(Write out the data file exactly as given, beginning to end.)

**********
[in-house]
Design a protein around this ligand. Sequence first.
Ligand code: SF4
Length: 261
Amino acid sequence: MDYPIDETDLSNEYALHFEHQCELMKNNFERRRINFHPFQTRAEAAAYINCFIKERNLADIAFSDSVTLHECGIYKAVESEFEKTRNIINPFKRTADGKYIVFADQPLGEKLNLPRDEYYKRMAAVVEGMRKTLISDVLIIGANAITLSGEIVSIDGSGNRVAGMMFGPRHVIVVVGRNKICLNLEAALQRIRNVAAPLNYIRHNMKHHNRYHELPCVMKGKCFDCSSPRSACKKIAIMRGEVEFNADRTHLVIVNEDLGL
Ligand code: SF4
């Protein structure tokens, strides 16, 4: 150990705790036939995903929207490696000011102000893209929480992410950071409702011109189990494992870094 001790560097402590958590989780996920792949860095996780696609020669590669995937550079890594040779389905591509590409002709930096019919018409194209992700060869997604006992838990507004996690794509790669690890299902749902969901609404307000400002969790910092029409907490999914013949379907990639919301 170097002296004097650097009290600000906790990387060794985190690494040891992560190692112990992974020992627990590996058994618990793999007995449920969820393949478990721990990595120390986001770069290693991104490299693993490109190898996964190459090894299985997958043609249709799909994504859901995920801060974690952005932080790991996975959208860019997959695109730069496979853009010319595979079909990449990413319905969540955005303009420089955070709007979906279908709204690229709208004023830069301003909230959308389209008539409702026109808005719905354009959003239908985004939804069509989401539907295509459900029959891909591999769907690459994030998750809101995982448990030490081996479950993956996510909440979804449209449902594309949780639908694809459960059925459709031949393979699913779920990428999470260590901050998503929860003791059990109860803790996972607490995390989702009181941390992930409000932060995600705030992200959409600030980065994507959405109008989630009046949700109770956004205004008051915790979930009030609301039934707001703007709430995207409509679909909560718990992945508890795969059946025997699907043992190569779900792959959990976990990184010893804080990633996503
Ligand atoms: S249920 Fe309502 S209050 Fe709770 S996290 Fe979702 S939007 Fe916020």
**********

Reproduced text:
[in-house]
Design a protein around this ligand. Sequence first.
Ligand code: SF4
Length: 261
Amino acid sequence: MDYPIDETDLSNEYALHFEHQCELMKNNFERRRINFHPFQTRAEAAAYINCFIKERNLADIAFSDSVTLHECGIYKAVESEFEKTRNIINPFKRTADGKYIVFADQPLGEKLNLPRDEYYKRMAAVVEGMRKTLISDVLIIGANAITLSGEIVSIDGSGNRVAGMMFGPRHVIVVVGRNKICLNLEAALQRIRNVAAPLNYIRHNMKHHNRYHELPCVMKGKCFDCSSPRSACKKIAIMRGEVEFNADRTHLVIVNEDLGL
Ligand code: SF4
């Protein structure tokens, strides 16, 4: 150990705790036939995903929207490696000011102000893209929480992410950071409702011109189990494992870094 001790560097402590958590989780996920792949860095996780696609020669590669995937550079890594040779389905591509590409002709930096019919018409194209992700060869997604006992838990507004996690794509790669690890299902749902969901609404307000400002969790910092029409907490999914013949379907990639919301 170097002296004097650097009290600000906790990387060794985190690494040891992560190692112990992974020992627990590996058994618990793999007995449920969820393949478990721990990595120390986001770069290693991104490299693993490109190898996964190459090894299985997958043609249709799909994504859901995920801060974690952005932080790991996975959208860019997959695109730069496979853009010319595979079909990449990413319905969540955005303009420089955070709007979906279908709204690229709208004023830069301003909230959308389209008539409702026109808005719905354009959003239908985004939804069509989401539907295509459900029959891909591999769907690459994030998750809101995982448990030490081996479950993956996510909440979804449209449902594309949780639908694809459960059925459709031949393979699913779920990428999470260590901050998503929860003791059990109860803790996972607490995390989702009181941390992930409000932060995600705030992200959409600030980065994507959405109008989630009046949700109770956004205004008051915790979930009030609301039934707001703007709430995207409509679909909560718990992945508890795969059946025997699907043992190569779900792959959990976990990184010893804080990633996503
Ligand atoms: S249920 Fe309502 S209050 Fe709770 S996290 Fe979702 S939007 Fe916020």